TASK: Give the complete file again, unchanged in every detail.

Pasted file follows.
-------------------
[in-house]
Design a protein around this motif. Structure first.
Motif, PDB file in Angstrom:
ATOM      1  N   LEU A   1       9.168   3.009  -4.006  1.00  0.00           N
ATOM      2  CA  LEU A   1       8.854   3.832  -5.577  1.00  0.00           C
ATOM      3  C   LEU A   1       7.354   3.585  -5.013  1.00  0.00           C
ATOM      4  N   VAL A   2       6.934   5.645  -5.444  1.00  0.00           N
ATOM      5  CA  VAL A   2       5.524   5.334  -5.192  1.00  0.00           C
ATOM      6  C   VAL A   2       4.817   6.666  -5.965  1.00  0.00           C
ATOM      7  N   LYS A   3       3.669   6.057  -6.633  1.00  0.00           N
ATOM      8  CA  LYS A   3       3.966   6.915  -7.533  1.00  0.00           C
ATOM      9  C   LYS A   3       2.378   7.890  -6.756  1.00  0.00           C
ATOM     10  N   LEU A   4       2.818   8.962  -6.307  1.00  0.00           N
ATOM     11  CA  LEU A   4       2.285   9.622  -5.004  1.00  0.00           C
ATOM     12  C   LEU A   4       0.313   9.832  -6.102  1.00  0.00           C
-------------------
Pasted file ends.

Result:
[in-house]
Design a protein around this motif. Structure first.
Motif, PDB file in Angstrom:
ATOM      1  N   LEU A   1       9.168   3.009  -4.006  1.00  0.00           N
ATOM      2  CA  LEU A   1       8.854   3.832  -5.577  1.00  0.00           C
ATOM      3  C   LEU A   1       7.354   3.585  -5.013  1.00  0.00           C
ATOM      4  N   VAL A   2       6.934   5.645  -5.444  1.00  0.00           N
ATOM      5  CA  VAL A   2       5.524   5.334  -5.192  1.00  0.00           C
ATOM      6  C   VAL A   2       4.817   6.666  -5.965  1.00  0.00           C
ATOM      7  N   LYS A   3       3.669   6.057  -6.633  1.00  0.00           N
ATOM      8  CA  LYS A   3       3.966   6.915  -7.533  1.00  0.00           C
ATOM      9  C   LYS A   3       2.378   7.890  -6.756  1.00  0.00           C
ATOM     10  N   LEU A   4       2.818   8.962  -6.307  1.00  0.00           N
ATOM     11  CA  LEU A   4       2.285   9.622  -5.004  1.00  0.00           C
ATOM     12  C   LEU A   4       0.313   9.832  -6.102  1.00  0.00           C